There had been changes in the ocean currents and shifts in paleoclimate due to the important implications of the timing of the formation of the Scotia Plate and the Drake Passage. The opening of the Drake Passage is largely attributed by the thermal isolation of Antarctica and formation of the Antarctic ice sheet. About 50 million years ago, during the early Eocene, the Drake Passage was a small opening with limited circulation. However, with the change in motion between the Antarctic Plate and the South American Plate caused the seafloor to spread and led to the formation of the Scotia Plate.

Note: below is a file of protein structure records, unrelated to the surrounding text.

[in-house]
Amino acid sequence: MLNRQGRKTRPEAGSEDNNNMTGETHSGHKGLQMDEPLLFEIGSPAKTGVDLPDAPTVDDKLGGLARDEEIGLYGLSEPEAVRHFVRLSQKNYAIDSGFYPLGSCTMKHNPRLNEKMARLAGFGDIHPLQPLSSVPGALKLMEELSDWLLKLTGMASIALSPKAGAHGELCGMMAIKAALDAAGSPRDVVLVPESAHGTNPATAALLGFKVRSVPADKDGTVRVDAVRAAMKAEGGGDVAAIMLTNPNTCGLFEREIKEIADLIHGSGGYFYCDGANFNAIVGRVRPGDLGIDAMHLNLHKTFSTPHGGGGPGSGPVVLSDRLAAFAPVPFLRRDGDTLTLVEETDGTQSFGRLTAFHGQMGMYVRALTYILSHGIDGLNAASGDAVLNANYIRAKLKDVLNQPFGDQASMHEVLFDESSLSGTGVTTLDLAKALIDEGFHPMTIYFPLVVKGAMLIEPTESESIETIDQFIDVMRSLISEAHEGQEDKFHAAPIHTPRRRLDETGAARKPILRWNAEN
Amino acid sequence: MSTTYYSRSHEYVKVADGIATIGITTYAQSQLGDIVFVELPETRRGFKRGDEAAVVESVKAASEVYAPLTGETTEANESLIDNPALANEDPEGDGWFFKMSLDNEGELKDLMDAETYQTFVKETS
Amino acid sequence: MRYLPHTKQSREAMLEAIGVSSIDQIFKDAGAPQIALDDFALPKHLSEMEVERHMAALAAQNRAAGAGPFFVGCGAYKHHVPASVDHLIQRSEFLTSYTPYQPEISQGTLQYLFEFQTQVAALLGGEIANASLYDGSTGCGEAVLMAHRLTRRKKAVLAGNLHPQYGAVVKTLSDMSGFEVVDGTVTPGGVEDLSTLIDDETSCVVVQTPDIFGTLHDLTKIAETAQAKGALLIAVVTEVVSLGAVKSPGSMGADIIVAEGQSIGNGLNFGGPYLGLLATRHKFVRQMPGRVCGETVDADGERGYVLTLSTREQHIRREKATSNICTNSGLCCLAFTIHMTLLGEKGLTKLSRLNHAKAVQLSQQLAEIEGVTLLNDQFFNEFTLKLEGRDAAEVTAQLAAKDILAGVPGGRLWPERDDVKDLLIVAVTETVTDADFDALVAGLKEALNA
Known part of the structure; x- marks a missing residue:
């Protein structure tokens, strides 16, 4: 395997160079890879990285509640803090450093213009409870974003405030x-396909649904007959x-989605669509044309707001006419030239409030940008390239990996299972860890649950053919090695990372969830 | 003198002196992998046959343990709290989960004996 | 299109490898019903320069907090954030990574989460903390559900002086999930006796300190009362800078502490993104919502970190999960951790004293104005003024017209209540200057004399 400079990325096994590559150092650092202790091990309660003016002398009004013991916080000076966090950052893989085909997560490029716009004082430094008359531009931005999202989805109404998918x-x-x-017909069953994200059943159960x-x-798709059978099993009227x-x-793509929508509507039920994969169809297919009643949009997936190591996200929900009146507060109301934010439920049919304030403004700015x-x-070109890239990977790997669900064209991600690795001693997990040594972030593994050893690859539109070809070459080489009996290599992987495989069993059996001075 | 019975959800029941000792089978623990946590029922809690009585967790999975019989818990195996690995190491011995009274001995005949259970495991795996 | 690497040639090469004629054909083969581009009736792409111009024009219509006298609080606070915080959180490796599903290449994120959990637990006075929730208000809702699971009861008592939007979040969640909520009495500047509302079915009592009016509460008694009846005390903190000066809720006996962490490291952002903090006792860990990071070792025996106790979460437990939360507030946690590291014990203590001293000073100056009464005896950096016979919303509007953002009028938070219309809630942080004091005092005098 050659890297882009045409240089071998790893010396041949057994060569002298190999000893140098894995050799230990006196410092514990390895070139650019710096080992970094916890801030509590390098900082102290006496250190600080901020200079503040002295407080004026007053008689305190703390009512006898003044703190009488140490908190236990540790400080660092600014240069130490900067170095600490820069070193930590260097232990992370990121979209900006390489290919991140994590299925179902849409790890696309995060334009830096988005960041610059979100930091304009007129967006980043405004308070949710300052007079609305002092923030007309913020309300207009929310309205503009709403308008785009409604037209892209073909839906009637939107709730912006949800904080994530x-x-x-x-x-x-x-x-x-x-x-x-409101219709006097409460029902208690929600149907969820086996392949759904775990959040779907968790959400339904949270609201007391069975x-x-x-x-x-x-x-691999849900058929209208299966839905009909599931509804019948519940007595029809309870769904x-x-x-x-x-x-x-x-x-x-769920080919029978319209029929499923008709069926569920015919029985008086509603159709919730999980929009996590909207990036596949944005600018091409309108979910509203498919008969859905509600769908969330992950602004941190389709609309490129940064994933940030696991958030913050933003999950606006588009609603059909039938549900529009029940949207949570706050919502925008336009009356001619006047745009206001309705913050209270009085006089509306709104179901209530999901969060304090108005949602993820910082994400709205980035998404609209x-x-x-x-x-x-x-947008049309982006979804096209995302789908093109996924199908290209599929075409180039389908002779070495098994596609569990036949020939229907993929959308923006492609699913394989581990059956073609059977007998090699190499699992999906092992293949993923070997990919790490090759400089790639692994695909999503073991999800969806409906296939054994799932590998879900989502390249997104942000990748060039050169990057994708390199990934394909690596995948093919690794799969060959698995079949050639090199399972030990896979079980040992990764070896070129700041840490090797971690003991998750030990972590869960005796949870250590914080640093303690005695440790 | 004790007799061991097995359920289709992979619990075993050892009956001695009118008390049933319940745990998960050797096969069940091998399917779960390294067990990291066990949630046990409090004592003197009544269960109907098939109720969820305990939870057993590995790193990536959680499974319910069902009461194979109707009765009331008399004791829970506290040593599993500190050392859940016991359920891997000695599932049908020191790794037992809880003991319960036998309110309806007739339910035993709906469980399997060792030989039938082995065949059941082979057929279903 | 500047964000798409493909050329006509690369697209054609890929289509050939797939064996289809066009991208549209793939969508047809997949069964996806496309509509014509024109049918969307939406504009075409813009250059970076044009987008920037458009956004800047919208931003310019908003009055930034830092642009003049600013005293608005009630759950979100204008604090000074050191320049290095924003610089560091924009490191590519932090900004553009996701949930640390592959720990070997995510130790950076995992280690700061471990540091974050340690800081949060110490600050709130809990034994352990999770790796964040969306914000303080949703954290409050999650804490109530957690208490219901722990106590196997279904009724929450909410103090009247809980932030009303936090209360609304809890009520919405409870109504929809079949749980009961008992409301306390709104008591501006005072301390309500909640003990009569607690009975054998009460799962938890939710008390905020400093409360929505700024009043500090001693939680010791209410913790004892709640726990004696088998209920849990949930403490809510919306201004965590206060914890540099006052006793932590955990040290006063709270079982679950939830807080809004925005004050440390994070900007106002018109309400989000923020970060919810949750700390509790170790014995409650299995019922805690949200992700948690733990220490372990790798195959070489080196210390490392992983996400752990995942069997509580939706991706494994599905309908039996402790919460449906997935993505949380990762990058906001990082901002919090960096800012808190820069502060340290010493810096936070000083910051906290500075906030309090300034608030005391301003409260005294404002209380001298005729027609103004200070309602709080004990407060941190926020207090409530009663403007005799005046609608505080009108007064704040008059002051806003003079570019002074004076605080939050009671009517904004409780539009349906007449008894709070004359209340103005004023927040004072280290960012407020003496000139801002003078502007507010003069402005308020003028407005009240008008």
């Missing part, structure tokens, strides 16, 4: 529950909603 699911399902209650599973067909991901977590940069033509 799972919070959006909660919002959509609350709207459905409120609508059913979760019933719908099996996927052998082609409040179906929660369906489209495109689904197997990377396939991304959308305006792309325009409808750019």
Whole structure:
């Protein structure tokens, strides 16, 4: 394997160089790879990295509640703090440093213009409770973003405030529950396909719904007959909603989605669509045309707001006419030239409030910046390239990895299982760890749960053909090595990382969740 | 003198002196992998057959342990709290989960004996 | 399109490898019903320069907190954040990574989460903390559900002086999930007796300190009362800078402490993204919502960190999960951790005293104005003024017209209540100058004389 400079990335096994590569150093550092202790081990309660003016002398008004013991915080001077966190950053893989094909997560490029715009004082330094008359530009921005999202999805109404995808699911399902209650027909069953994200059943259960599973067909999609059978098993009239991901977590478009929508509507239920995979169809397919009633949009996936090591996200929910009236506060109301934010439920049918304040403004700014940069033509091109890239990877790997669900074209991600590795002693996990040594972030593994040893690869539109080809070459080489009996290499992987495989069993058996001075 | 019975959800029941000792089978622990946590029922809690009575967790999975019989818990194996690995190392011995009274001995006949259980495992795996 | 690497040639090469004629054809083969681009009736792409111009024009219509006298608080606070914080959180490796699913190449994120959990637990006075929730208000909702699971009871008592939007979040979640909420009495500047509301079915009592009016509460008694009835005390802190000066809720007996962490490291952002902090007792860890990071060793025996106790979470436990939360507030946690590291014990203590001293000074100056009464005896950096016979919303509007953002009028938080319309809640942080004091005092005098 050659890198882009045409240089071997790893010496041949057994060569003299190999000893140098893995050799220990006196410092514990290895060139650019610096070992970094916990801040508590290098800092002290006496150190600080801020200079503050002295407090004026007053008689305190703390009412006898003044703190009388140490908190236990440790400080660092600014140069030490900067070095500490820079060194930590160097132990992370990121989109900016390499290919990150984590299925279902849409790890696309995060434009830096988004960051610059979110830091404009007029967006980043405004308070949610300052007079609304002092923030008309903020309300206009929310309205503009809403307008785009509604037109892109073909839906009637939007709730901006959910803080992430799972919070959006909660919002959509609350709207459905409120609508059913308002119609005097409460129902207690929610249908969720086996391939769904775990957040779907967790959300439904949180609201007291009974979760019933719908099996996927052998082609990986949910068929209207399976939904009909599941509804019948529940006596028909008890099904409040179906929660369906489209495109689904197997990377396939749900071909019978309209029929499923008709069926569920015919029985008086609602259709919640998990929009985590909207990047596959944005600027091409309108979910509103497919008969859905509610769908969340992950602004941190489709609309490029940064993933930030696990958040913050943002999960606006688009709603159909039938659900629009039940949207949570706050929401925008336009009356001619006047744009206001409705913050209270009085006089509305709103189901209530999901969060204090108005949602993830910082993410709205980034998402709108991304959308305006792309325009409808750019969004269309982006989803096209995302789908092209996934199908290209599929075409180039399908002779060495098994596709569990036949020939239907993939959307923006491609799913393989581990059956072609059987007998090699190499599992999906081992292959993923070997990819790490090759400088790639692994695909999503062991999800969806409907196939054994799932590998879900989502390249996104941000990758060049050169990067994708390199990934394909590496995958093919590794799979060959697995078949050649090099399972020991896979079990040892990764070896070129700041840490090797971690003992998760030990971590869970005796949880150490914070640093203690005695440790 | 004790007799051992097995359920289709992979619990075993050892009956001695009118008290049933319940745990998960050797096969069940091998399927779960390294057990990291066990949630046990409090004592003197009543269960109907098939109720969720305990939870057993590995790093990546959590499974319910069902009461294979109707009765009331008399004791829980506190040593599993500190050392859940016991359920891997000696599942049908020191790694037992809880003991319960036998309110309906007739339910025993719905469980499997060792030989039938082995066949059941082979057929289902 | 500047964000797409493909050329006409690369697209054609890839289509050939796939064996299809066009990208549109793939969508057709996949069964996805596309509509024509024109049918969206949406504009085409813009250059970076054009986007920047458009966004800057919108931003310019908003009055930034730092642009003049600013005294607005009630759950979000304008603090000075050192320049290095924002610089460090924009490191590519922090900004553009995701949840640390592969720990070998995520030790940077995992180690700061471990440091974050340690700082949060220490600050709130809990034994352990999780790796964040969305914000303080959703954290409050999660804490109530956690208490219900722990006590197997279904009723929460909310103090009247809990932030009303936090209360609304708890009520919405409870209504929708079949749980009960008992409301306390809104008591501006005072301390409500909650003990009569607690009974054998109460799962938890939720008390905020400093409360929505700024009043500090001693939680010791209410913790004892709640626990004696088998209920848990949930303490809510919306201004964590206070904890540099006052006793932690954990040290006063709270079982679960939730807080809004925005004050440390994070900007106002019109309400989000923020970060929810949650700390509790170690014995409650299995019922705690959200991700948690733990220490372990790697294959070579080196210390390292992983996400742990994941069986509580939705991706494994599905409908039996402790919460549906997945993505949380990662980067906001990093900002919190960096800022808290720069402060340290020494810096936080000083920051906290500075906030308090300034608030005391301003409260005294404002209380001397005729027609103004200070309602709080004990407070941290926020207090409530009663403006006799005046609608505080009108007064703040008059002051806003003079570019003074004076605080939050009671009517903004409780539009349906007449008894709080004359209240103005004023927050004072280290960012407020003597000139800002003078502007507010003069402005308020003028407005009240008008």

Scotia Plate is among the 38 small plates covering an area of about 1,600,000 sq. km. On the western boundary, the relative motion between the Antarctic Plate and the Scotia Plate is roughly around 13mm/year. The North Scotia ridge is formed when the northern edge of the Scotia Plate is bounded by the South American Plate.
It was on 17 November 2013 that one of the largest earthquakes, with a magnitude of 7.8 struck in the south of the Atlantic Ocean. This tremor of the Scotia Sea is approximately similar to the size of San Francisco earthquake of 1906, which was described as ‘one of the most significant earthquakes of all time’.